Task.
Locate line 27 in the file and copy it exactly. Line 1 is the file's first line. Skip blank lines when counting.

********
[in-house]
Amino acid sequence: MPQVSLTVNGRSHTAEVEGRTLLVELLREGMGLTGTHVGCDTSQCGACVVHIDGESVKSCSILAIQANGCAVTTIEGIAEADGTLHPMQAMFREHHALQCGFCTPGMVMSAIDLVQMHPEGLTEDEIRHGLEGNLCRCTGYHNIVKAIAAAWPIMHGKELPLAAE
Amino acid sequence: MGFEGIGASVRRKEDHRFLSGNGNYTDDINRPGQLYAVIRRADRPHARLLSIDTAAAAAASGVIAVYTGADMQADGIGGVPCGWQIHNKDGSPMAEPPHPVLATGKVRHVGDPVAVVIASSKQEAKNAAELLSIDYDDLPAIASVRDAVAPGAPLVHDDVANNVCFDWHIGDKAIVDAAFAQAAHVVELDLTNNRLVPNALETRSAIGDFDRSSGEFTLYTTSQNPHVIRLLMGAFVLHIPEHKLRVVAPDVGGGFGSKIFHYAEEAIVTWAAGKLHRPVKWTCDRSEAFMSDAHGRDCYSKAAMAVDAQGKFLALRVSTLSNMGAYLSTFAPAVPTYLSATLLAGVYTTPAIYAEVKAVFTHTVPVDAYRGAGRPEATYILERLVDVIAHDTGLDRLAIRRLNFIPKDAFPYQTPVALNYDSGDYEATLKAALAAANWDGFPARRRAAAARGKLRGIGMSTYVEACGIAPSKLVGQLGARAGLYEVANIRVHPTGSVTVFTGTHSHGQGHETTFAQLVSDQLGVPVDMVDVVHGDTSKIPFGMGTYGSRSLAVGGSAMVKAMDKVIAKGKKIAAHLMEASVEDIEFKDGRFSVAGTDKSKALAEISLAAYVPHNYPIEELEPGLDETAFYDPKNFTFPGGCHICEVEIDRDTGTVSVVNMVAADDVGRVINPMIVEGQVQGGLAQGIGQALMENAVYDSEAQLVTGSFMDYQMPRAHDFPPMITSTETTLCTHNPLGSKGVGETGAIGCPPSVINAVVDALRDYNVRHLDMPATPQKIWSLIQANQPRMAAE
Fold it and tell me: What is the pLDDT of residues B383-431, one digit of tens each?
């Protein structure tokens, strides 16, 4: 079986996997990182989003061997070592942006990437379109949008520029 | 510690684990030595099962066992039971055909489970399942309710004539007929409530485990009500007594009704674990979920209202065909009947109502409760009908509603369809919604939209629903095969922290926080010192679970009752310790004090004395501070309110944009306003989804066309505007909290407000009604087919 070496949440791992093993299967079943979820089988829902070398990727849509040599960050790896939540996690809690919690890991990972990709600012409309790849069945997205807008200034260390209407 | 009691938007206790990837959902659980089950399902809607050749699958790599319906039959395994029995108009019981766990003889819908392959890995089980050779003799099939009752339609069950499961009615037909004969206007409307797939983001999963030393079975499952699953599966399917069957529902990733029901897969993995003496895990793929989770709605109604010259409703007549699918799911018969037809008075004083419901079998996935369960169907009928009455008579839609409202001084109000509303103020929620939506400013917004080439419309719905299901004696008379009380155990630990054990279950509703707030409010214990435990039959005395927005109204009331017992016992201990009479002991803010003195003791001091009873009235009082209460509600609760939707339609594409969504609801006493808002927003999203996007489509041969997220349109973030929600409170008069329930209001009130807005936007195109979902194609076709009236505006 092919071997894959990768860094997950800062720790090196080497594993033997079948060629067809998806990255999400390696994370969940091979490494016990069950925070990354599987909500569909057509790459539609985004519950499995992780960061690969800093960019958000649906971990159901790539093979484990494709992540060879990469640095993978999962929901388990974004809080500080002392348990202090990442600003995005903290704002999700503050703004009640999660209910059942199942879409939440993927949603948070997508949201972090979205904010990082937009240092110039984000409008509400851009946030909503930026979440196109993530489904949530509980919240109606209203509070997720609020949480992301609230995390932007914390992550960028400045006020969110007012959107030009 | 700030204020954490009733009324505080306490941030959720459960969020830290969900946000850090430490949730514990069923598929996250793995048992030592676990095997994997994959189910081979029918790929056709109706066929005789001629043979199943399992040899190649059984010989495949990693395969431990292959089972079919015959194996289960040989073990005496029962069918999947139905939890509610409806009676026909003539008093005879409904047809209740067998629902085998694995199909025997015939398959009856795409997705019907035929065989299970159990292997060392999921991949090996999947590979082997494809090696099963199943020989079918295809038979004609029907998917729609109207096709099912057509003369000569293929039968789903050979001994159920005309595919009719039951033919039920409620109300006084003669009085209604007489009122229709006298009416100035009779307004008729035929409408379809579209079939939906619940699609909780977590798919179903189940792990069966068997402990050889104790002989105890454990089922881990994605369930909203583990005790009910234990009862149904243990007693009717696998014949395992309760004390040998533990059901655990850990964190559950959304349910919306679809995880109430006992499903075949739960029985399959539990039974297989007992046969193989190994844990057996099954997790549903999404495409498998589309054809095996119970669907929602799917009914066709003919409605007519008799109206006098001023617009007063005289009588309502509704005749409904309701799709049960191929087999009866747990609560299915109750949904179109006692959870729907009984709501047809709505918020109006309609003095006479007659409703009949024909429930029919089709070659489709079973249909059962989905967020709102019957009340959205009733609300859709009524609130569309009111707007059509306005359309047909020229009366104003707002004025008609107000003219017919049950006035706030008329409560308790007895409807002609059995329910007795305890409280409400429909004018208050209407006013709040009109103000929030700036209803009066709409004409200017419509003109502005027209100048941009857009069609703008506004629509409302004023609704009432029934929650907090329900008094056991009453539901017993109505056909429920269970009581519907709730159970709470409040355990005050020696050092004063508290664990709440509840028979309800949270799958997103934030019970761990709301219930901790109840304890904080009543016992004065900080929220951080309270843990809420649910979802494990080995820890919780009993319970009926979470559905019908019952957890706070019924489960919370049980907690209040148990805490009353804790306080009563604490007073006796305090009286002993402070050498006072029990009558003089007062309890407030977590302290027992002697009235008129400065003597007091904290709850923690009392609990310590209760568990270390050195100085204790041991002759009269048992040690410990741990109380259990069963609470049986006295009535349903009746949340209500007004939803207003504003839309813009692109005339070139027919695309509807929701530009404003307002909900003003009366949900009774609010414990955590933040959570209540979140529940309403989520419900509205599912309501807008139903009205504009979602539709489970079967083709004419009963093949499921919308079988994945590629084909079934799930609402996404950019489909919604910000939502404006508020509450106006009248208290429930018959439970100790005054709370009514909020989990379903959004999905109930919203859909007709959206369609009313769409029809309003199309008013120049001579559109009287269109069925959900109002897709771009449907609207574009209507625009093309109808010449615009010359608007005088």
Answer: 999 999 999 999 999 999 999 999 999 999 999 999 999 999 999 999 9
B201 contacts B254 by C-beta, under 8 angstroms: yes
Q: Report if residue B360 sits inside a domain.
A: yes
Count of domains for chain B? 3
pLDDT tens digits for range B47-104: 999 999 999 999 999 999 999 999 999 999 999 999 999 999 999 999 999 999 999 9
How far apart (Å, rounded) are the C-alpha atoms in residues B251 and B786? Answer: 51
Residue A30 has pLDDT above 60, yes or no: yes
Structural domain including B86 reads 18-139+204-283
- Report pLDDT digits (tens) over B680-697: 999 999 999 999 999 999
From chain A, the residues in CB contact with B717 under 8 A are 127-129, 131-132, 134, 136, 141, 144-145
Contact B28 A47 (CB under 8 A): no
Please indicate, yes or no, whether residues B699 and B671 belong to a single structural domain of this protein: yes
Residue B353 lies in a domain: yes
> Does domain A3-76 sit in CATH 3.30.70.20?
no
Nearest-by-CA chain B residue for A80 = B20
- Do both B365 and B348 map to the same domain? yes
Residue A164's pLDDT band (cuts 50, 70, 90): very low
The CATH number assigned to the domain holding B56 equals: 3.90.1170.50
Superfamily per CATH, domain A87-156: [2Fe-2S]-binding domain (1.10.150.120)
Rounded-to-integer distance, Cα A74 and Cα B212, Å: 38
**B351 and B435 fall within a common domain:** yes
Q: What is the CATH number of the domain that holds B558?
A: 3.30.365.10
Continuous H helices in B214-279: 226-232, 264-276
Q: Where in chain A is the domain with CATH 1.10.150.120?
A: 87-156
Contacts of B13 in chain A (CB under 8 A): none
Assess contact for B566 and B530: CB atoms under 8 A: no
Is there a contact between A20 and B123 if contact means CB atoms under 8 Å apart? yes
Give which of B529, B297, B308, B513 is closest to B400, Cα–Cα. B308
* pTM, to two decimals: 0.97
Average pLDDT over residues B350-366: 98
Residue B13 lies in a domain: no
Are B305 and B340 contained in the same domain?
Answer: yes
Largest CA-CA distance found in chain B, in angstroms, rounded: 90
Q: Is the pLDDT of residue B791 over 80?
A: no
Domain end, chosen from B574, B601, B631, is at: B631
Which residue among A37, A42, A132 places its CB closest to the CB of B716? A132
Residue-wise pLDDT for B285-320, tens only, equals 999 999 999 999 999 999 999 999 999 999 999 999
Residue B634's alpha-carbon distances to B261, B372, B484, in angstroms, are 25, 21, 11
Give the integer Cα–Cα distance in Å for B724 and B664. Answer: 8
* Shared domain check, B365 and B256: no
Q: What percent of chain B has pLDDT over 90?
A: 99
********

Rounded-to-integer distance, Cα A74 and Cα B212, Å: 38